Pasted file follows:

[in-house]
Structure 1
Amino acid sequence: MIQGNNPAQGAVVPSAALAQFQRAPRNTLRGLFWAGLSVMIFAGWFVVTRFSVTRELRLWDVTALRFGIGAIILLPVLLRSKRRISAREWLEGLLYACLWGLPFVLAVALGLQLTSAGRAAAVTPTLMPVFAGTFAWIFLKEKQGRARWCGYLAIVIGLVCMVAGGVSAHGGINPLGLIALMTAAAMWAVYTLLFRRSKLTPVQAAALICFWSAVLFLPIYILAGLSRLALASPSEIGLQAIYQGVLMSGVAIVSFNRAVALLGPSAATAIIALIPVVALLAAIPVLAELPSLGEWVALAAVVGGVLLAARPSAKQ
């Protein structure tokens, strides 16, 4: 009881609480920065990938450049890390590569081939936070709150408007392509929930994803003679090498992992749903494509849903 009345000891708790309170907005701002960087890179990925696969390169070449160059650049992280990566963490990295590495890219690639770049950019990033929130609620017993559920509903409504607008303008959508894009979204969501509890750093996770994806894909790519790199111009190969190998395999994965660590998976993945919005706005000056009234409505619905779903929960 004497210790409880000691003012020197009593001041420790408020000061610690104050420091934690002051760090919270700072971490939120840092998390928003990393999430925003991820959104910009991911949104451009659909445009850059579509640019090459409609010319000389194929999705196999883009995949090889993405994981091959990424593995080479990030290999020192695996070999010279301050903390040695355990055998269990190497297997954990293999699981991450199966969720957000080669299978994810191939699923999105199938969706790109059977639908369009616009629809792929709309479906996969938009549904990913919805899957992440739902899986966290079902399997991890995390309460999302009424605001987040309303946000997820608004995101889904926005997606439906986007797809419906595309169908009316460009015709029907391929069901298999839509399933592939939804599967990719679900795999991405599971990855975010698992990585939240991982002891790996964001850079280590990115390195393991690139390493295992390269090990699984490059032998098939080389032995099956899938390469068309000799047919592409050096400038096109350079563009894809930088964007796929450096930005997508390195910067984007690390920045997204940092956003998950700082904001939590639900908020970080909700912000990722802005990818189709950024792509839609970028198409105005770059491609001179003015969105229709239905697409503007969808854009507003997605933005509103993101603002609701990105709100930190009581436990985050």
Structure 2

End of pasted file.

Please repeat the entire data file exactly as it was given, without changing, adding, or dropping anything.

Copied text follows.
[in-house]
Structure 1
Amino acid sequence: MIQGNNPAQGAVVPSAALAQFQRAPRNTLRGLFWAGLSVMIFAGWFVVTRFSVTRELRLWDVTALRFGIGAIILLPVLLRSKRRISAREWLEGLLYACLWGLPFVLAVALGLQLTSAGRAAAVTPTLMPVFAGTFAWIFLKEKQGRARWCGYLAIVIGLVCMVAGGVSAHGGINPLGLIALMTAAAMWAVYTLLFRRSKLTPVQAAALICFWSAVLFLPIYILAGLSRLALASPSEIGLQAIYQGVLMSGVAIVSFNRAVALLGPSAATAIIALIPVVALLAAIPVLAELPSLGEWVALAAVVGGVLLAARPSAKQ
């Protein structure tokens, strides 16, 4: 009881609480920065990938450049890390590569081939936070709150408007392509929930994803003679090498992992749903494509849903 009345000891708790309170907005701002960087890179990925696969390169070449160059650049992280990566963490990295590495890219690639770049950019990033929130609620017993559920509903409504607008303008959508894009979204969501509890750093996770994806894909790519790199111009190969190998395999994965660590998976993945919005706005000056009234409505619905779903929960 004497210790409880000691003012020197009593001041420790408020000061610690104050420091934690002051760090919270700072971490939120840092998390928003990393999430925003991820959104910009991911949104451009659909445009850059579509640019090459409609010319000389194929999705196999883009995949090889993405994981091959990424593995080479990030290999020192695996070999010279301050903390040695355990055998269990190497297997954990293999699981991450199966969720957000080669299978994810191939699923999105199938969706790109059977639908369009616009629809792929709309479906996969938009549904990913919805899957992440739902899986966290079902399997991890995390309460999302009424605001987040309303946000997820608004995101889904926005997606439906986007797809419906595309169908009316460009015709029907391929069901298999839509399933592939939804599967990719679900795999991405599971990855975010698992990585939240991982002891790996964001850079280590990115390195393991690139390493295992390269090990699984490059032998098939080389032995099956899938390469068309000799047919592409050096400038096109350079563009894809930088964007796929450096930005997508390195910067984007690390920045997204940092956003998950700082904001939590639900908020970080909700912000990722802005990818189709950024792509839609970028198409105005770059491609001179003015969105229709239905697409503007969808854009507003997605933005509103993101603002609701990105709100930190009581436990985050």
Structure 2